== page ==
Two more weeks.
Two more weeks until the sound of a wood bat connecting with a ball echoes across Florida and Arizona ballparks. Two more weeks until players tell the media they’re in the best shape of their life and looking forward to a career year. Two more weeks until fans of every ball club talk themselves into a parade in November.
Two more weeks.
Anticipation and excitement is building in the city of Philadelphia for the Phillies to report to Spring Training. It’s on the forefront of every Philadelphian’s mind and nobody cares about the other team that plays in an unimportant game on February 12 (just kidding, go birds). But in all seriousness, with pitchers and catchers first official workout scheduled for February 16, it’s time to take a look at three under the radar storylines that could make or break the Phils 2023 season.
- Will Castellanos Bounce Back?
After signing a 5-year, $100 million contract last offseason, Nick Castellanos would be the first to tell you he played horribly in 2022. Coming off a year where he posted a .939 OPS and had historically been a well above-average hitter, Castellanos’ first year in red pinstripes was underwhelming, to say the least. The outfielder finished the year slashing .263/.305/.389 and completely lost his power stroke. To put it into perspective, in the 60 game 2020 season, Castellanos had 14 home runs. Last year, he had just 13.
Most concerning of all, Castellanos looked completely lost at the plate. It was evident for opposing pitchers to attack him with sliders away and jam him with fastballs in which he could not do any damage with. It was frustrating to watch a hitter as good as Castellanos simply forget how to hit. No one needed the offseason to reset more than Castellanos.
Nevertheless, Castellanos is slated to have a bounce back season, as FanGraphs 2023 projections shows. Their models predict Castellanos to slug 20 home runs and drive in 77 runs while posting a wRC+ of 105 (major league average is 100). The numbers aren’t overwhelming, but definitely an improvement. If Castellanos were to get back to his All-Star form, though, look for him to have a plan at the plate and understand how pitchers are pitching to him this spring. Without Bryce Harper for the first few months, the Phillies will need the best version of Castellanos.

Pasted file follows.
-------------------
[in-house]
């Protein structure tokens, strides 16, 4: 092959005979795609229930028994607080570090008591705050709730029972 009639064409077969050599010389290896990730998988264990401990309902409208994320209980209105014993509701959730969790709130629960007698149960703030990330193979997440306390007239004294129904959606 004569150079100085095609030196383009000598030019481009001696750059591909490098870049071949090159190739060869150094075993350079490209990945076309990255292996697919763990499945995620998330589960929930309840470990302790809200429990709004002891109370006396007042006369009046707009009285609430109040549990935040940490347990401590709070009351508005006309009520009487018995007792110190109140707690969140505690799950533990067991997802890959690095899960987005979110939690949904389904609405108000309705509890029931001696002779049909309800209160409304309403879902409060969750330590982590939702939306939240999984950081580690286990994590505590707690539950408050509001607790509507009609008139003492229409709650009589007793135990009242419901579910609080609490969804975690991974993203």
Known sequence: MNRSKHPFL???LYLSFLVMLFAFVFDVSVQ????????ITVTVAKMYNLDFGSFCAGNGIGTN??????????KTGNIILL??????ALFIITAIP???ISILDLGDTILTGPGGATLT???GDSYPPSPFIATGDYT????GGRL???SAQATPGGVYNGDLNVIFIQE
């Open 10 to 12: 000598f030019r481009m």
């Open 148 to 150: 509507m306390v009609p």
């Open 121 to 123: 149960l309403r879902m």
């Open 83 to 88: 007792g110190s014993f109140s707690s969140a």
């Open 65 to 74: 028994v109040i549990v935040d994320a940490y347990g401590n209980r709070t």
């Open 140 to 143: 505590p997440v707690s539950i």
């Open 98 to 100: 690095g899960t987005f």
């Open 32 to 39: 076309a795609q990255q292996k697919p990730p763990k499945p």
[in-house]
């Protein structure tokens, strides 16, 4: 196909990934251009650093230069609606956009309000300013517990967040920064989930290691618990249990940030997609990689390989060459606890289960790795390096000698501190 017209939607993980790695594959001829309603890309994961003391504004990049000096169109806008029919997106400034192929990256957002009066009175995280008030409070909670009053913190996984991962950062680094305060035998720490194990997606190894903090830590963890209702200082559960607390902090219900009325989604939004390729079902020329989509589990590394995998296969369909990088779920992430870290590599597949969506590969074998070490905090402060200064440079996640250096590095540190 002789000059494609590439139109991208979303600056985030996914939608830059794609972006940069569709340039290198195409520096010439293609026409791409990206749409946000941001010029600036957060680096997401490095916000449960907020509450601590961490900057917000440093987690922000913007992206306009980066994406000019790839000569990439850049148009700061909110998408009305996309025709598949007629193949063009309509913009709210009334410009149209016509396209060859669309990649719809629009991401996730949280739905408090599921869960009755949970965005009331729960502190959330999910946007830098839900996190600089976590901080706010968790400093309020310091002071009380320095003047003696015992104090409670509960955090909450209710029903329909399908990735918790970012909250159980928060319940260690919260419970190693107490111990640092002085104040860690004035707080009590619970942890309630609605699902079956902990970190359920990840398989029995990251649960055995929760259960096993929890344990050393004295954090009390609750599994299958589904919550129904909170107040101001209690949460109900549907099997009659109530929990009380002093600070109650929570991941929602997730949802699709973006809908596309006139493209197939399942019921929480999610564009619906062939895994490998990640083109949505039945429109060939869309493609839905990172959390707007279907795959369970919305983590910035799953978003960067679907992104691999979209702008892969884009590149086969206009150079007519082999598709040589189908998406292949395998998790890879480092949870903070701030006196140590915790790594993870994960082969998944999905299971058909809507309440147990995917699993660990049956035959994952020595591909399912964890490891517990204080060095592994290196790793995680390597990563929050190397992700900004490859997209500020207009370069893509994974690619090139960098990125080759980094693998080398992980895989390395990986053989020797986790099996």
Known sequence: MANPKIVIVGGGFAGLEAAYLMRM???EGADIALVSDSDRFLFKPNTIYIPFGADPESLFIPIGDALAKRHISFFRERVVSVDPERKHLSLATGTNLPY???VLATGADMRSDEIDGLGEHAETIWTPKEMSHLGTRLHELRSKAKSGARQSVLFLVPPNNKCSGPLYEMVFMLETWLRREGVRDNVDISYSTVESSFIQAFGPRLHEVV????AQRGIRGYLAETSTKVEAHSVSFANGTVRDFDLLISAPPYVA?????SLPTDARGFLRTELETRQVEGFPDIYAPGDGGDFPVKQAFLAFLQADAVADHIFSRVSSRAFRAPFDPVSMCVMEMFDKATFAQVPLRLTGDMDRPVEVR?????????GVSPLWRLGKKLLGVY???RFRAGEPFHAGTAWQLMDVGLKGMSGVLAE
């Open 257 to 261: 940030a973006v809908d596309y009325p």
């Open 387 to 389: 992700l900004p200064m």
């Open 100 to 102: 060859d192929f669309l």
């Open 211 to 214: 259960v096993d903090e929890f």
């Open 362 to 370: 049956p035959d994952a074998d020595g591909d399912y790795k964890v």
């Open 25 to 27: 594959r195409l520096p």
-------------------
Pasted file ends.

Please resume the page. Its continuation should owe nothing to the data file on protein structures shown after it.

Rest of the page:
- Can Bohm Continue to Lift the Ball?
Alec Bohm showed improvements at the plate in 2022 after an extremely disappointing 2021 campaign. Traditionally a line drive hitter who likes to hit fastballs the other way, the third baseman began to get a feel for pulling the baseball. In fact, it may have been Castellanos that helped Bohm find the pull side. Before his game-tying home run against Josh Hader in Milwaukee, Castellanos told Bohm to try and pull Hader, which is not something the Phillies third baseman usually does. It ended up working in his favor and as the season went on, Bohm seemed to make a concerted effort to sit on pitches, allowing him to pull the baseball. It helped him in Game 3 of the World Series where he hit a rocket home run off Lance McCullers Jr.
This is the next phase of Bohm’s development: tapping into his power. If Bohm were to reach his full potential, it is vital he uses his 6’5” frame to lift the baseball out of the ballpark. There is no reason why someone with his stature and knack for hitting the ball hard (ranked in the 73rd percentile in average exit velocity) hit just 13 home runs last year. Spring Training will be a tell to see if he will attempt to elevate the baseball.
- Will Johan Rojas Meet His Potential?
With Andrew Painter and the other Phils top pitching prospects getting most of the attention, one of their best positional prospects has flown under the radar. Johan Rojas, a 22-year-old outfielder who reached Double A last year, is known for his plus-plus speed and spectacular defense in center field. Across two levels last year, he stole 62(!) bases and was caught just five times. He would then add an additional 13 bags without being caught in 12 Arizona Fall League games. He has all the tools to be a potential star in the bigs, but…
His hitting. In his minor league career, Rojas has an OPS of .725 and has yet to tap into his power stroke. He’s still young, but time is running out for Rojas to figure it out at the plate. He struggled at Jersey Shore last year, slashing .230/.287/.325 and marginally improved in Reading, hitting .260/.333/.387 after a midseason promotion. Rojas will likely begin the year back in Reading, but since he occupies a 40-man roster spot, he could be the next man up if Brandon Marsh were to go down with an injury at some point this year. The Phillies are bare in terms of center field depth, so keep a close eye on the development of Rojas at camp. If he struggles again in the early going, he could become trade bait.
Ladies and gentlemen, we are two weeks away from watching these storylines unfold before what could be another magical 2023 season.
Two. More. Weeks.
Photo: Jose F. Moreno/Philadelphia Inquirer